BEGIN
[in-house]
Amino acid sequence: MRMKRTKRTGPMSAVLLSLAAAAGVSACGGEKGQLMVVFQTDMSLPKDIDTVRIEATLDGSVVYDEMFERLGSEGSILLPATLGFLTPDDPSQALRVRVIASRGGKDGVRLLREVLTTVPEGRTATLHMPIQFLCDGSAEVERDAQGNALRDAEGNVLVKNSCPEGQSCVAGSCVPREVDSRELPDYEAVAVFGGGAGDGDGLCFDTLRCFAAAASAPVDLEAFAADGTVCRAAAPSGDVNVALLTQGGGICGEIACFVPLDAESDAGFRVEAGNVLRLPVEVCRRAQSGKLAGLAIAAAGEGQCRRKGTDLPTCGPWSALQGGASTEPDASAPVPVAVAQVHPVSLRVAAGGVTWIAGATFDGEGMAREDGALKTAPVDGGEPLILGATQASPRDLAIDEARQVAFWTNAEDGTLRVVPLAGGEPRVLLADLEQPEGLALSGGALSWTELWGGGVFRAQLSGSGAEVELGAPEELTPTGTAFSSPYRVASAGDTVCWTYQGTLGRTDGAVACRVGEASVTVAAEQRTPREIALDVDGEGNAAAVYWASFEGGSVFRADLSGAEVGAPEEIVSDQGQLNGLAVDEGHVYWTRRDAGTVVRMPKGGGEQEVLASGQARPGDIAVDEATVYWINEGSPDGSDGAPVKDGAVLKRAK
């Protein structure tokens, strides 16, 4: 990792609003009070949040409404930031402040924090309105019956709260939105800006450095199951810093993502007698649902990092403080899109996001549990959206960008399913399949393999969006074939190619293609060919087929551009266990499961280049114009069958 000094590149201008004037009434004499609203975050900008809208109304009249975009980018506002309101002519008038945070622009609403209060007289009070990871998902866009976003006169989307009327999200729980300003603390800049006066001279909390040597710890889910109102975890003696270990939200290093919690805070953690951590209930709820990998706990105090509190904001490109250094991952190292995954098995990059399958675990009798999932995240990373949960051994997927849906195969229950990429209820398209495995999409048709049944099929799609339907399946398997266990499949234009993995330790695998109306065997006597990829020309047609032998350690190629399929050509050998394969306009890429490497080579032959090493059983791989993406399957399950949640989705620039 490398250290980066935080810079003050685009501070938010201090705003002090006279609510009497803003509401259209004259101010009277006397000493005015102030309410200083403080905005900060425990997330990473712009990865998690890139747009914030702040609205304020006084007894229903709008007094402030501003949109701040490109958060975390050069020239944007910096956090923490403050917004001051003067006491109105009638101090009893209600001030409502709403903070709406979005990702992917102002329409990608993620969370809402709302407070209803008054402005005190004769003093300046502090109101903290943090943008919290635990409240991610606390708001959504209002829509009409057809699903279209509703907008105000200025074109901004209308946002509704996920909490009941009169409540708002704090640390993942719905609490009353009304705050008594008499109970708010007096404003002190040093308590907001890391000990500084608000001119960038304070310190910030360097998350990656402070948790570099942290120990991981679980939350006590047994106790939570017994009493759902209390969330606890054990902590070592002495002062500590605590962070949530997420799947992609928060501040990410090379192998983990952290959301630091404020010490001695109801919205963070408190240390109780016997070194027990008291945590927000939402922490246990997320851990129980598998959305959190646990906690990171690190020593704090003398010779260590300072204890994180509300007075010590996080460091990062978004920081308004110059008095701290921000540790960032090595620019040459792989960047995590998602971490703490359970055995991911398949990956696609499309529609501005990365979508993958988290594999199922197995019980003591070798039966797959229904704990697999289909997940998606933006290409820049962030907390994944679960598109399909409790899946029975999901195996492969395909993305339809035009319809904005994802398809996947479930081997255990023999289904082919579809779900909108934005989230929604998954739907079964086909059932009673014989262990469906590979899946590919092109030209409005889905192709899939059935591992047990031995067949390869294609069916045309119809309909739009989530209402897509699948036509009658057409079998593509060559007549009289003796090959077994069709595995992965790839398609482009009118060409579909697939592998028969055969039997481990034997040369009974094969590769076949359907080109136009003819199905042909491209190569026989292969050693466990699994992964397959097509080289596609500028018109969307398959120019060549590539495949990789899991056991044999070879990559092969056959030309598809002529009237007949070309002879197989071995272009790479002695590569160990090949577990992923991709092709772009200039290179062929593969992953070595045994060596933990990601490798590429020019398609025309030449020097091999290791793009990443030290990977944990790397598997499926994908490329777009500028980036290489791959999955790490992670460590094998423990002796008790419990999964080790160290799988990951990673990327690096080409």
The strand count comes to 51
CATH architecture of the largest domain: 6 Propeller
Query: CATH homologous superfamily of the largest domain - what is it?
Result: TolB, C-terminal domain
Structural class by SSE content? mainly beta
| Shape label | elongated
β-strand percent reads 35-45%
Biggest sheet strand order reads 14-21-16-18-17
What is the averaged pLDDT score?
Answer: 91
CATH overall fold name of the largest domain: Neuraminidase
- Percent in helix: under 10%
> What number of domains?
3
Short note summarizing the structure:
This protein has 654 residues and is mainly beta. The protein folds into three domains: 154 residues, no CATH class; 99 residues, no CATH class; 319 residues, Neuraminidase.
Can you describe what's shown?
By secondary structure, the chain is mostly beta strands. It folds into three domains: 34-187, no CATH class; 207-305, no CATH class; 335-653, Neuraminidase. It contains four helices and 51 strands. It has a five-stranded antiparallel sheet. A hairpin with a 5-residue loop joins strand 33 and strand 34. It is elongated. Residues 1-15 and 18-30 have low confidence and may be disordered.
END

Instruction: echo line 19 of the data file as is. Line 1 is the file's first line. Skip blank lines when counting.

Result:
This protein has 654 residues and is mainly beta. The protein folds into three domains: 154 residues, no CATH class; 99 residues, no CATH class; 319 residues, Neuraminidase.